Q: So you would say it will be quite a gritty political piece? Tell us the sort of feel you want out of it.
ALAN PARKER: I just intend to make a dramatic film that’s sung, because since the advent of MTV, I think there’s an entire generation that actually has been communicated to with music and images. This is just taking it a bit further in that it has a very, very strong narrative. It’s a very, very strong political film. It’s an extraordinarily interesting story of this particular woman and the times in which she lived. I will make it as if I was making a straightforward dramatic film, like I was making Midnight Express or Mississippi Burning it just happens that people are going to be singing the dialogue, and hopefully be as realistic and naturalistic as possible.
Q: What are some of the problems bringing Evita to the screen?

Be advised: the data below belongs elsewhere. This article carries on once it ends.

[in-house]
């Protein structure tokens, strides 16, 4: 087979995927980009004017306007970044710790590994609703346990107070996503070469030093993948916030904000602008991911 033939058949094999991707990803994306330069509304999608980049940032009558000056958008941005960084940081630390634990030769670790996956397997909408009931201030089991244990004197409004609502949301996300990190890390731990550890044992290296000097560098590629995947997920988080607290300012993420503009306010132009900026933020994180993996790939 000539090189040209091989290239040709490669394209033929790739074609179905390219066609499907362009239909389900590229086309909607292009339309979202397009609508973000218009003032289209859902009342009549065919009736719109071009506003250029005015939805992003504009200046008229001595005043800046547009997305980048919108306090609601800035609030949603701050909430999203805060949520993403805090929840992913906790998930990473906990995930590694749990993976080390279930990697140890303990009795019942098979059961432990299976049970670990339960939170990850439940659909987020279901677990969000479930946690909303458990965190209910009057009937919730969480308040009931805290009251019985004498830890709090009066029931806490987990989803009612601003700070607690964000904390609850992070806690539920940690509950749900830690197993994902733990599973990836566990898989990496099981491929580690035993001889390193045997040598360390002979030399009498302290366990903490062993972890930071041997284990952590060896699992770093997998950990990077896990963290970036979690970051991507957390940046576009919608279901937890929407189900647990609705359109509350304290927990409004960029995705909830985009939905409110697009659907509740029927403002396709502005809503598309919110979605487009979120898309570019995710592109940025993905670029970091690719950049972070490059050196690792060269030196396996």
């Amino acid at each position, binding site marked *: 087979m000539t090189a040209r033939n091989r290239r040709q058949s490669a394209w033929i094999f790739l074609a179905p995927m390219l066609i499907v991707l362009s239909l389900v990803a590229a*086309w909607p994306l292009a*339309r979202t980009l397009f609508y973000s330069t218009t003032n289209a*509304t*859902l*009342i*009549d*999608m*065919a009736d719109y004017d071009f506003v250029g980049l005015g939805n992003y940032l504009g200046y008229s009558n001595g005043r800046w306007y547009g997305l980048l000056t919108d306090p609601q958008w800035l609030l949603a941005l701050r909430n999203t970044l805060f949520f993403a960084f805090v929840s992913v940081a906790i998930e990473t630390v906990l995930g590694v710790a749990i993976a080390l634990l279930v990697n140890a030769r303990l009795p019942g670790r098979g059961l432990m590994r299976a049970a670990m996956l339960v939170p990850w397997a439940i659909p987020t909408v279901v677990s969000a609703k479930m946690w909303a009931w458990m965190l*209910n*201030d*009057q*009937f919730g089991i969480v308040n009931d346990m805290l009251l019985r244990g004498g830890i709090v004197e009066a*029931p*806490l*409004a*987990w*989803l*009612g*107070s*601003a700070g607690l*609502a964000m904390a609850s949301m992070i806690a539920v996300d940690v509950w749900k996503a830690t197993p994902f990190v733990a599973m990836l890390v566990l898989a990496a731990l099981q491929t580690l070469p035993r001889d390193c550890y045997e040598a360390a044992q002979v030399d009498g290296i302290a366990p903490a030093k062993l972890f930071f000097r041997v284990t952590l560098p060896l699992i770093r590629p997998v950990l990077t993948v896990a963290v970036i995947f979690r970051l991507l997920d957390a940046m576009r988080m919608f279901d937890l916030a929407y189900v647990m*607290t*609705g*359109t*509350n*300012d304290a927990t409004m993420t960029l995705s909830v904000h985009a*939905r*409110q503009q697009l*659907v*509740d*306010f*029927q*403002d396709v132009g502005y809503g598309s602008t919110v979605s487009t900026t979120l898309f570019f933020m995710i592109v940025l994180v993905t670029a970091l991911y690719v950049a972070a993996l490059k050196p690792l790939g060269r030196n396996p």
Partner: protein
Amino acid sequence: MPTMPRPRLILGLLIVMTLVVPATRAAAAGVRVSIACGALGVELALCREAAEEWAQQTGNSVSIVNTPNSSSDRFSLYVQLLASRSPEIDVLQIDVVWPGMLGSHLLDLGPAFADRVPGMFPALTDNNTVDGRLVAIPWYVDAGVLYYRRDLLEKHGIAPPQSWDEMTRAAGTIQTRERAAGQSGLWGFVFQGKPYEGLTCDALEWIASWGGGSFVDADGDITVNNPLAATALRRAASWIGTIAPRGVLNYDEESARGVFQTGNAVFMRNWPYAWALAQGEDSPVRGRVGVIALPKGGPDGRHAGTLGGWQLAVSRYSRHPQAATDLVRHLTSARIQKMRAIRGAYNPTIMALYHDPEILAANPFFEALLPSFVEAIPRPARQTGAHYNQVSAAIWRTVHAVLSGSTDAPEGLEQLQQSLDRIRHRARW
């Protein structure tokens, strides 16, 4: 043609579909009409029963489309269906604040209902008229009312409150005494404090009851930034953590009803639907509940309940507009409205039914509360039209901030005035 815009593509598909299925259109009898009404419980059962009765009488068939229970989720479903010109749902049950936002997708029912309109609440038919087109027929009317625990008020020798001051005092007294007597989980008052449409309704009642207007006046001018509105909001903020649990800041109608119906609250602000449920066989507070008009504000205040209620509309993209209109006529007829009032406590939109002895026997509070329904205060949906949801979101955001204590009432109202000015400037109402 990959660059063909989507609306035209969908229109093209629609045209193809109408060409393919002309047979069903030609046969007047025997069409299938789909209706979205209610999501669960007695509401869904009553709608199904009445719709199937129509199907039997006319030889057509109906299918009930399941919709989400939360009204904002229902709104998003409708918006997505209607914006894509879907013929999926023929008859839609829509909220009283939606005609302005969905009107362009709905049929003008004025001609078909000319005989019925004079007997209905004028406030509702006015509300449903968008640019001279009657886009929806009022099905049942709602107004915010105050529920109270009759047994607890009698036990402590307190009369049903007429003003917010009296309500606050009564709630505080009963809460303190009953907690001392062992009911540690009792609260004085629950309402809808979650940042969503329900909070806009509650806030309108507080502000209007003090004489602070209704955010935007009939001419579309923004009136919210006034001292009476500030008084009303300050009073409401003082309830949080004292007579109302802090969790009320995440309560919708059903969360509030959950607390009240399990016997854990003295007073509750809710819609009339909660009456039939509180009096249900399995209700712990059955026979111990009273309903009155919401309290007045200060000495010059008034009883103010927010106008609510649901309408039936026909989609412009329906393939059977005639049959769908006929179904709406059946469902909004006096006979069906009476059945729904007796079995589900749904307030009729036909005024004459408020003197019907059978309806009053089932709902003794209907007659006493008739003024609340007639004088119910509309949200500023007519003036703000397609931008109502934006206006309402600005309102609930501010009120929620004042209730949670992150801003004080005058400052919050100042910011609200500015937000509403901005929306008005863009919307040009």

ALAN PARKER: Well, Evita, as a movie, has had an enormously long gestation period. There have been very good directors involved over the years. I think it’s always been a matter of timing: who was available, what kind of person would play these roles. It’s not an inexpensive film, because we have to re create an entire period, and that’s always difficult. The actual size and scale and scope of the film is a big tapestry, and, being sung through, it’s a whole new form. So, all those ingredients are the reasons why it never got made. I think that in the early days,
of course, there was a hugely different political climate in Argentina, in that they had a military dictatorship. They’re now a democracy, so they look at things differently and enable us to film there although I think they’re still very wary of what we’re doing. In Argentina, there is no objective view of history with regards to this woman, Eva Per People are either for her or against her. Many people see her as a very bad woman, and many people see her as a saint. Of course, what’s interesting is that she wasn’t either of those things. And so obviously you’re not going to please everyone down in Argentina. They also are learning to be a democracy, so the idea of us being allowed to do what we want to do is kind of tricky for them to adjust to. But, you know, as I’ve said to them, no true democracy should be afraid of art.
Q: Is it important for you to film in Argentina?